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Election Day survival guide

by MADISON HARDY
Staff Writer | October 31, 2021 1:09 AM

Candidates on the November ballot aren't running for president or senator, but they are just as — if not more — critical to shaping the community. 

"You have to take an interest in your local government because quite honestly, you can have more of an impact locally than you can nationally," Kootenai County Clerk Jim Brannon said Thursday during a Press podcast. "Nationally, we have four electoral votes. Here, every vote is amplified in importance." 

On Tuesday, voters will decide the winner of 36 local races. Contestants are competing for city council, mayoral, fire district commissioner, and school board trustees from Athol to Plummer and everywhere in between. 

Here is how, where, when, and what you need to know before heading to the polls on Tuesday. 

All 70 polling places open at 8 a.m. and close at 8 p.m. To check your site go to www.kcgov.us/321/Polling-Place-Look-Up. Voting is not available at the Kootenai County Elections Office. 

Registered voters need valid identification to receive their ballot. Those who missed the registration deadline can still vote on Election Day at their polling place if they present valid ID and proof of Kootenai County residency for at least one month.

Valid forms of ID include:

• Passport

• Federally issued ID card

• Military ID

• Tribal ID

• Driver's license

• Current student ID

• Concealed weapons permit, or

• Voters can sign a personal affidavit if already in the poll books 

If the voter's address or name has changed, they must show proof of residency and legal renaming. 

Having photo identification ensures residents get the correct ballot based on location, Brannon said. 

"The old way of doing things was to lift open a poll book, scan forward till you get to the name," he said. "Now an ID pops your name right up and gives you the correct ballot, and it eliminates any chance of getting the wrong ballot."

This year there are 194 different ballot faces, Chief Deputy Clerk Jennifer Locke said. 

"It's dependent on what taxing district you reside in and how they're split," Locke told North Idaho Now, the official Hagadone Media Group podcast, on Thursday.

Brannon has been at the helm of the Clerk's Office for eight years. A significant aid streamlining the election process is "the embracing of technology," he said. Specifically, electronic poll books and state services like voteidaho.gov have "eliminated a lot of concern."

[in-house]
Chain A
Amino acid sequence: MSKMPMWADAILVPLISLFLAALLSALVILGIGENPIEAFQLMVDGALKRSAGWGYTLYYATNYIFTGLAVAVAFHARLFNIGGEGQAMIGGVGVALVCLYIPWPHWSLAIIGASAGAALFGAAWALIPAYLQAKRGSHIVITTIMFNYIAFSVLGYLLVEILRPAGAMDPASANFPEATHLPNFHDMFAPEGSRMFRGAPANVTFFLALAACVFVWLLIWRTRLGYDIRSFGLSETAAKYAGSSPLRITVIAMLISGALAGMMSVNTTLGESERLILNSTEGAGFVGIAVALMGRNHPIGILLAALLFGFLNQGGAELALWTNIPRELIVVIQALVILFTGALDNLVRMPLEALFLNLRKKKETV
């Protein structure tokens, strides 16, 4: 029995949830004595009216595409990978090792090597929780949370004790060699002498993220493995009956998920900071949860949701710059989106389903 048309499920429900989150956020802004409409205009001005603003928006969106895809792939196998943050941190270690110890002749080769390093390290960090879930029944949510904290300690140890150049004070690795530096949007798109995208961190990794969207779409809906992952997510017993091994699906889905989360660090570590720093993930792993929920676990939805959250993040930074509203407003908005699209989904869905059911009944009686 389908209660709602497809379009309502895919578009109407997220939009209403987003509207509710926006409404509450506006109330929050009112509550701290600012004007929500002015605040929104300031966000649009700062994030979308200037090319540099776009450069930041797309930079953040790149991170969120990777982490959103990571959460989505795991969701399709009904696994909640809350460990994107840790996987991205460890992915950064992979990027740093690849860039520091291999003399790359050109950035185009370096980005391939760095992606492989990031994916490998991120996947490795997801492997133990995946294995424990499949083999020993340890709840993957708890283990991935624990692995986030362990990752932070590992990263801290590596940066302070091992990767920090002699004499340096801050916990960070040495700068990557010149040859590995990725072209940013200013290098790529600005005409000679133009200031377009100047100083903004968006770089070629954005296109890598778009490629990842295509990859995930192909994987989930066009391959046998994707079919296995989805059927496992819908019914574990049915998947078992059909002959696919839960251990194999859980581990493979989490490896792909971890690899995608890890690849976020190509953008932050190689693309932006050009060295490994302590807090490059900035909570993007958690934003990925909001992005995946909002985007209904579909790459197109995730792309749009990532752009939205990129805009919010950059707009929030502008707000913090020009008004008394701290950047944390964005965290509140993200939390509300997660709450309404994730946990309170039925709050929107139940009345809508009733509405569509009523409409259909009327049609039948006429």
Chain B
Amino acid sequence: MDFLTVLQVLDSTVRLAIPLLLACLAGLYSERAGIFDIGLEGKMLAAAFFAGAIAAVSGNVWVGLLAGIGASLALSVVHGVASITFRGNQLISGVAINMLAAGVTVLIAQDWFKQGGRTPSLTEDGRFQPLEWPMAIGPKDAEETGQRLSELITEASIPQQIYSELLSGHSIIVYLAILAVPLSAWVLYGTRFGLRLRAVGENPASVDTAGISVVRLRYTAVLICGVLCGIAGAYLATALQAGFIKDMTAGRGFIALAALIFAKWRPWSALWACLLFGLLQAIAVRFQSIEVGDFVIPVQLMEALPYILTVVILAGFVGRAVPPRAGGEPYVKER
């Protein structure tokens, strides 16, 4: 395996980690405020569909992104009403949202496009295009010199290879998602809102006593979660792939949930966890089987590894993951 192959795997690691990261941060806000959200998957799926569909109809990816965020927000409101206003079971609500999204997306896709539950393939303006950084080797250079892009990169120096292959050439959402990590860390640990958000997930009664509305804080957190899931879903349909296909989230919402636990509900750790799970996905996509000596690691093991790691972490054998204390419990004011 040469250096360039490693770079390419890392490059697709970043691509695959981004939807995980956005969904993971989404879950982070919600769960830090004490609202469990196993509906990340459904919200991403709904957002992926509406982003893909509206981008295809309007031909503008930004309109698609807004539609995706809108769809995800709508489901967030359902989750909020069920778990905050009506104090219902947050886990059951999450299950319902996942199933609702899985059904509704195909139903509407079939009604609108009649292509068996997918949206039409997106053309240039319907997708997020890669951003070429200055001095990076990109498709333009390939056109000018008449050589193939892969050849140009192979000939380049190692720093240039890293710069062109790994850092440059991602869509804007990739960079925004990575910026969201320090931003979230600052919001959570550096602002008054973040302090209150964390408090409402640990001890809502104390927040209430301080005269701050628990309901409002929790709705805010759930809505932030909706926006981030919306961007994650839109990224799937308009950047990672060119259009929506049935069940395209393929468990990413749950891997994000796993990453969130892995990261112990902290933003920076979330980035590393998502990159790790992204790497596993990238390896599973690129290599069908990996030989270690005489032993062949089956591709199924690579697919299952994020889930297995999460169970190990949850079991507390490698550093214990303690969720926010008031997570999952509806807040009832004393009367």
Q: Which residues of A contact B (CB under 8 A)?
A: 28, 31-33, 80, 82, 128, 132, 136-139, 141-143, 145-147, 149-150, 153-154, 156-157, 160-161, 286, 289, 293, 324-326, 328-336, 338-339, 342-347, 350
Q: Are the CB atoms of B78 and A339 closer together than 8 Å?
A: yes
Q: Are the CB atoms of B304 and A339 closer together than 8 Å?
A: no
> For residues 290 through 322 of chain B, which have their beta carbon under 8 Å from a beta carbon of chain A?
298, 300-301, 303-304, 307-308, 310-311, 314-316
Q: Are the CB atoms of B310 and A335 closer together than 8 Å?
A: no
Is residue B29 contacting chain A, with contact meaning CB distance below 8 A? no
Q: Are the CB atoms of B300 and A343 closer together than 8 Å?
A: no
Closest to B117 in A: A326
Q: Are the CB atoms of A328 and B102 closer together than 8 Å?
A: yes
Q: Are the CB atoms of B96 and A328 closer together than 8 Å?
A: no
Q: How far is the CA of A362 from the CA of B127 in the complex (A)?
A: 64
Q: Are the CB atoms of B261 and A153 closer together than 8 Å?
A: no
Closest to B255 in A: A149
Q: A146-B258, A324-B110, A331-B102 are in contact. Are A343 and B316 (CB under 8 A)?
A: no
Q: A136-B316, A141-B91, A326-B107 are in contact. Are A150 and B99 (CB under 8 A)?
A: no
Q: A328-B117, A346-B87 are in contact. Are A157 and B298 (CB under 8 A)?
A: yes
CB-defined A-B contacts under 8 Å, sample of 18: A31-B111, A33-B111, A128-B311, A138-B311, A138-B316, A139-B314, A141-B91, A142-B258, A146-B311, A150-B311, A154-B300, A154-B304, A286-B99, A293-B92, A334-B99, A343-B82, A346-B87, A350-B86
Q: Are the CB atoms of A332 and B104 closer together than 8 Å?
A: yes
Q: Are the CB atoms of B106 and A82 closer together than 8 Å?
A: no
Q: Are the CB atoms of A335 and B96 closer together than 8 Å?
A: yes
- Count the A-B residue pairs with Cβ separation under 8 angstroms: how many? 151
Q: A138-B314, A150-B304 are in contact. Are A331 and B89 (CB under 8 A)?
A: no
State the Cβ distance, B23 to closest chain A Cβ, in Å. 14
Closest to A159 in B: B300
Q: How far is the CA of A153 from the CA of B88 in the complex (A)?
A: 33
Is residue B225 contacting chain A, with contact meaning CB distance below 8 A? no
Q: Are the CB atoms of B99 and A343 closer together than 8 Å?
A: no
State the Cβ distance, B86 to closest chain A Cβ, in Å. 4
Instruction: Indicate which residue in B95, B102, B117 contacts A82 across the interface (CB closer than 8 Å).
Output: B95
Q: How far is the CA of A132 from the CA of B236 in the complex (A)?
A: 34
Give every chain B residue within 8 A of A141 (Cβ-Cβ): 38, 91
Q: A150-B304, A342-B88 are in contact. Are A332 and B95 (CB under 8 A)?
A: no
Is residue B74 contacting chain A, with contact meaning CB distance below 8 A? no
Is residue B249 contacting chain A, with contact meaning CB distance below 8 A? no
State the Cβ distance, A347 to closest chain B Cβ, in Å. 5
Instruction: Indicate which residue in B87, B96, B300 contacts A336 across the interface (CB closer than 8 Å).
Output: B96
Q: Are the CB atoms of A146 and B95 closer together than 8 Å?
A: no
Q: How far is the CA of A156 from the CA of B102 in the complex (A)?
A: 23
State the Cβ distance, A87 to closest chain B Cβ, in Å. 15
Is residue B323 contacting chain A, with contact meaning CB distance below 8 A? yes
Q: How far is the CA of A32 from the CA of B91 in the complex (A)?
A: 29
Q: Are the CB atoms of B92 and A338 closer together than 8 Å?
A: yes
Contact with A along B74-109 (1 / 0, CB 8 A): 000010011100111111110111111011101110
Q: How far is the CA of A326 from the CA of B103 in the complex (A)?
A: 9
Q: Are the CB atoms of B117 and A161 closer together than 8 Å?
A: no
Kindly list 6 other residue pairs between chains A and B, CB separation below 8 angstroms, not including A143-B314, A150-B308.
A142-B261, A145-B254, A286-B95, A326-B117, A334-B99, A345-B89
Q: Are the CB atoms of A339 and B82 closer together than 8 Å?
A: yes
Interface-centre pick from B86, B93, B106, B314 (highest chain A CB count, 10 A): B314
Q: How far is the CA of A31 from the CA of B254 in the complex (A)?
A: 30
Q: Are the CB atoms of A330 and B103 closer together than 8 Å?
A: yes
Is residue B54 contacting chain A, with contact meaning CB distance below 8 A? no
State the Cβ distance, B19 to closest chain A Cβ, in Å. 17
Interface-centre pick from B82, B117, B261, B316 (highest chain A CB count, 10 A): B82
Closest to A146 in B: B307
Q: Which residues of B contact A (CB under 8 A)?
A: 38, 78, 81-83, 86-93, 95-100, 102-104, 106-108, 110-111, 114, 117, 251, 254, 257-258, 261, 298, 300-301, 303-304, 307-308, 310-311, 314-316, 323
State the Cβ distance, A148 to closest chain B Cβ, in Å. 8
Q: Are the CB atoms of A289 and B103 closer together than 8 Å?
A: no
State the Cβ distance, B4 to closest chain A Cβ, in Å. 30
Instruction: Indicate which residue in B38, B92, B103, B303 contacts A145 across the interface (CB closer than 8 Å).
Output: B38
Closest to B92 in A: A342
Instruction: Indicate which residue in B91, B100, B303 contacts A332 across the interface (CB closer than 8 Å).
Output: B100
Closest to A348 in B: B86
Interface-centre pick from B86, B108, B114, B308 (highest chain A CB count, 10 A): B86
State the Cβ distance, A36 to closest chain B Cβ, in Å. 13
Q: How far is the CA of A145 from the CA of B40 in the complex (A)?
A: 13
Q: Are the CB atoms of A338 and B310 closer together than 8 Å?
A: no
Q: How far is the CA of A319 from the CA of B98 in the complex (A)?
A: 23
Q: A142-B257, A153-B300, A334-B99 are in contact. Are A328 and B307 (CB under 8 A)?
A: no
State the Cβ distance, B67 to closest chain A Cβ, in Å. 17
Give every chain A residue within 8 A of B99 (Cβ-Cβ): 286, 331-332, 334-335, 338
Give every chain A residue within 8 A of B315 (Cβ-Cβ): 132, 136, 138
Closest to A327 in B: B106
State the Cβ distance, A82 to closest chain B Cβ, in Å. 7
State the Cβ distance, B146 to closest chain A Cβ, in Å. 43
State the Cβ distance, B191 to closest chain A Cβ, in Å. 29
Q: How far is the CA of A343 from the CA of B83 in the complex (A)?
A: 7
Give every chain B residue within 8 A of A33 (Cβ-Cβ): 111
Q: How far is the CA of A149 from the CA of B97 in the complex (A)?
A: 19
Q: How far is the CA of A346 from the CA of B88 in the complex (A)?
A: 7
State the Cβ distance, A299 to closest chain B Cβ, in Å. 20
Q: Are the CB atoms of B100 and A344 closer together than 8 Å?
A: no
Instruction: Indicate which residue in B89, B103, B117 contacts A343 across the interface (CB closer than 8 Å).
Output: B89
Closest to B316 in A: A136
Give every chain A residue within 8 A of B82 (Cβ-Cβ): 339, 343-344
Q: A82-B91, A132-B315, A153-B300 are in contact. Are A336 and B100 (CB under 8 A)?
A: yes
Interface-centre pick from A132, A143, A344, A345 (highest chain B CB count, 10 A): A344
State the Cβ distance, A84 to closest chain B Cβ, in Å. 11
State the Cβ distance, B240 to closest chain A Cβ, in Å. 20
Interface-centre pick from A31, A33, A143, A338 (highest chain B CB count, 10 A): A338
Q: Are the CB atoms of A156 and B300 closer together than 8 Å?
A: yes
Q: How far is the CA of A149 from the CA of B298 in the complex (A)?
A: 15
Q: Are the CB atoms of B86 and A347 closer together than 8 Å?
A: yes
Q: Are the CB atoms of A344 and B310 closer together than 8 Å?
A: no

"It truly has saved us a lot of time with the absentee process," Locke said. 

The Idaho Secretary of State Office purchased Tenex election software and portable tablets for Kootenai County about three years ago. Brannon said Tenex has quickly become "the backbone" of their elections system. 

Tenex software includes security measures intended to safeguard local elections. The software continually updates, letting poll workers know when someone who's come to a precinct has requested an absentee ballot and if it has been processed. 

The in-person vote takes precedence when this situation arises so long as the Elections Office hasn't officially received their absentee ballot.

"(Tenex) saved us in 2020," Locke said. "Without that technology, particularly for early voting, there's no way we would have accomplished what we did last year." 

Following the presidential race in 2020, a wave of election security concerns emerged across the country. Brannon assured voters that he and Locke run a tight ship in Kootenai County. 

"If people know my history, they know that I'm going to make sure it's tight," he said. "Every illegal vote nullifies a legal vote, and I take that very seriously."

Other security measures at the Kootenai County Elections Office include:

• Signature verification

• Watermarks 

• Paperweight 

• Coded door locks 

• Livestreamed ballot counting 

The Elections Office sent out 10,673 absentee ballots as of Wednesday, he said. During the last municipal election in 2019, Brannon said the department mailed just 3,200. 

All absentee ballots must be returned to the Kootenai County Elections Office at 1808 N. 3rd Street in Coeur d'Alene by 8 p.m. on Tuesday. 

Early voting turnout is also smashing records set in 2019, with 1,356 votes cast by Thursday morning with another day to go. In 2019, Locke said the two-week voting period only had a turnout of 657. 

So far, 6,366 of the approximately 103,000 Kootenai County registered voters have cast their ballot in the November 2021 election. 

"For these off-year elections in November, it's the greatest turnout that we've had percentage-wise," Locke said. 

The officials said their staff is ready to face the potential 96,000 registered voters eligible to participate on Tuesday. Each election, Locke said, the team becomes more efficient and accurate. 

"They're on top of their game, and it's a good feeling," she said. 

Info: https://www.kcgov.us/31/Elections 

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